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The Minimum Wage Should Not Apply to Teenagers or the Unskilled
Raymond Richman, 7/1/2014

Economists are divided on how much unemployment the minimum wage causes but there is little doubt that a legal minimum wage decreases the demand for unskilled workers. What wage potential employers are willing to pay depends on what the employer believes that hiring an additional worker would be worth to him. No employer will hire a worker unless he believes the worker will contribute as much value as the worker costs. Who is hurt the most by a minimum wage? Teenagers having no work experience and unskilled 20 or over without work experience. And as the data shows, black teenagers and the black unskilled are affected the most, an unintended consequence.

There seems to be little chance for abolishing the current federal minimum wage of $7.25. There is increasing pressure to increase it as already has been done in some states. Twenty-two states have minimum wages above the federal minimum. According to the US Bureau of Labor Statistics only 1.5 million workers are actually employed at the federal minimum. So how do we end this tax on teen-agers and the unskilled?  For the former, it is easy. Eliminate or reduce the legal minimum wage insofar as it applies to teen-agers and the unskilled looking for work.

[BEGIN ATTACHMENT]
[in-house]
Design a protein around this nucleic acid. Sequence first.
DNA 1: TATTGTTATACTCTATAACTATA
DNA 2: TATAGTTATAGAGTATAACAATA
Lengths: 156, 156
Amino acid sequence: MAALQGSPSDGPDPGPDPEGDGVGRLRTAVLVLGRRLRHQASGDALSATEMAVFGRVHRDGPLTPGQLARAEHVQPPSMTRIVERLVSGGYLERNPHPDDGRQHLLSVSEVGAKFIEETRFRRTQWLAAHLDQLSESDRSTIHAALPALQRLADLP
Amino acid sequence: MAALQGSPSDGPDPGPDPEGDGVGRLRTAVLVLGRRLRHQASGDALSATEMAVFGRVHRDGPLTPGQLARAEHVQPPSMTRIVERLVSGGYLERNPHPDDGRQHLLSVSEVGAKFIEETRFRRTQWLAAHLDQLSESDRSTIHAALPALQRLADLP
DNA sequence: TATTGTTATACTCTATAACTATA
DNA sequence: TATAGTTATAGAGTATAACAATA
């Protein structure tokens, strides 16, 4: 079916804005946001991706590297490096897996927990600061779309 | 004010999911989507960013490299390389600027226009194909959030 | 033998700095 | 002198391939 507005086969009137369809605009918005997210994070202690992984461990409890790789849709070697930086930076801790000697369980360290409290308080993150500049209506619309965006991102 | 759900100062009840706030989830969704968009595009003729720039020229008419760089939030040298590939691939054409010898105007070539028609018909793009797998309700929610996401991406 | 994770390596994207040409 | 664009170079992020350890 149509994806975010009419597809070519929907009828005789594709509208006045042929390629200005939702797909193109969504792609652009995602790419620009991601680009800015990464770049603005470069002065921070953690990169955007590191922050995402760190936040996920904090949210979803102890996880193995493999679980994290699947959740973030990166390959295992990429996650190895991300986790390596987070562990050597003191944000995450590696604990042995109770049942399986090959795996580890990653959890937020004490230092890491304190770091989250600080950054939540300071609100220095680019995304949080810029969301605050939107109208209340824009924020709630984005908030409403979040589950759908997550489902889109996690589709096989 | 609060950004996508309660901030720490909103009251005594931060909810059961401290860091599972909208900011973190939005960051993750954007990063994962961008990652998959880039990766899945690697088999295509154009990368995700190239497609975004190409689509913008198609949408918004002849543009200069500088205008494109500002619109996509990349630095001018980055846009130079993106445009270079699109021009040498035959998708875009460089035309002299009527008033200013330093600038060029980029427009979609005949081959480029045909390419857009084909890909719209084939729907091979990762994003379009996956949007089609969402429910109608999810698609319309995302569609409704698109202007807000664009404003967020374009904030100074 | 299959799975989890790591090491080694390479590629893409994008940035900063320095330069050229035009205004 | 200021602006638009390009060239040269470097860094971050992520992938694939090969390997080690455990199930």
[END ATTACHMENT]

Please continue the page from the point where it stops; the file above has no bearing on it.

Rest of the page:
The data clearly justify this policy change. Compare the unemployment rates of teenagers and the rest of those in the civilian labor force. The unemployment rate during the first quarter of 2014 was 6.5 percent for those 20 years of age and older but 20.9 percent for those aged 16 to 19. WhBee teenagers had an unemployment rate of 20.9 percent, black teenagers 34,5 percent, Latin teenagers 24.4 percent and Asian 15.4 percent. Black male teenagers has the scandalous astronomical level of  42 percent.

Lowering the minimum hourly wage applicable to teenagers and the unskilled to $5 would provide an annual wage of more than $10,000. It is not unreasonable to expect up to 50% of the unemployed teenagers would find employment. Since some 5,785,000 unemployed teenagers were unemployed during the 1st quarter of 2014. 2,891,000 would find employment and their annual earnings would amount to $28.9 billion dollars. If so, the national minimum wage of over $7.25 per hour has cost teen-agers nearly $29 billion.